Causes for those problems lie in the existence of hierarchies, reputational and social pressures, repetition of shared information, informational signals, availability heuristics and experience among others.

How do we get beyond them to take advantage of the knowledge held by all the group members?

[…] The most disturbing conclusion is that when key information is unshared, groups are more likely to choose an inferior option after discussion than their individual members might before any discussion occurs […] — Cass Sunstein

In the state of rush and survival in which organizations live continuously, intuition is overused. Intuition was very useful for the survival of hunter-gatherers.

It might also be very useful in activities where experts need to make quick decisions on tasks where repeatability is high and feedback is provided almost immediately (like firefighters or surgeons).

However, when forecasting and planning, intuition has been proven to be no better than chance.

Effective group decision-making

A culture that promotes slow thinking, a culture that allows different perspectives to come in, a culture where open leadership is promoted, is a culture that allows information to flow and effective decisions to be taken.

How would effective leaders act within such a culture?

Effective group decision-making #1. Listen to everyone

Indicate willingness and desire to hear uniquely held information.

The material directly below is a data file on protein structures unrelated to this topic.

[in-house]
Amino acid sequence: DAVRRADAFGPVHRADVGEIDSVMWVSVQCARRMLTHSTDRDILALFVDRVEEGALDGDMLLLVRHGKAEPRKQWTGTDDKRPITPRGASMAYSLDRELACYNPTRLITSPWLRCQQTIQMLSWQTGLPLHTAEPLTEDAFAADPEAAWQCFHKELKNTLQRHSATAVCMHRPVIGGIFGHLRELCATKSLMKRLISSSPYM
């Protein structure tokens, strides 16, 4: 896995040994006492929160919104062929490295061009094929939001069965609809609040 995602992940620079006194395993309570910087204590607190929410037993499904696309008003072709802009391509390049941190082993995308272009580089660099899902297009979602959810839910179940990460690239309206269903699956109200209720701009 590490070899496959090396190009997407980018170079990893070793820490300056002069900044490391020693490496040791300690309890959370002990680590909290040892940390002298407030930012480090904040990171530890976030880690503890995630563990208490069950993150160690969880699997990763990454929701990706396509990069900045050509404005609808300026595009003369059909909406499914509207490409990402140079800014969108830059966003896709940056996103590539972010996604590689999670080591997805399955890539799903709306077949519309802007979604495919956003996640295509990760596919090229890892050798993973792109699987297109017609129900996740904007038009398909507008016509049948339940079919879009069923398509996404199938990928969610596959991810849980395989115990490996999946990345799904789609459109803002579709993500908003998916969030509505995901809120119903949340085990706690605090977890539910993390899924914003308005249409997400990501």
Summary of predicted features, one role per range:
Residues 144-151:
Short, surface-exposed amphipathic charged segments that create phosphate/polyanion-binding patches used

Ask as many questions as needed.

The idea is to gather as much relevant information as possible, so is important to be sure that all voices are heard and that reasons are understood.

If you are leading a discussion, silence yourself until you have heard everyone else.

Refuse to state a firm view at the outset and allow space for more information to emerge.

Effective group decision-making #2. Separate divergent-thinking from consensus-seeking.

Clearly separate divergent-thinking from consensus-seeking processes, as they work better separately.

If both processes are mixed, the flow of ideas might be stopped by those who are focusing too much on the constraints.

It is good though, to share some criteria with the group a few hours or even a couple of days before the session, allowing this information to fade into the background of consciousness and into the periphery of the group process while solutions are generated.

Effective group decision-making #3. Avoid too much optimism

Avoid too much optimism and happy-talk during the divergent-thinking process.

Anxious people produce diversity and dissent and should not be left out.

Effective group decision-making #4. Prime critical thinking

By priming the process correctly you are triggering some association or thought in such a way as to affect people’s choices and behaviours.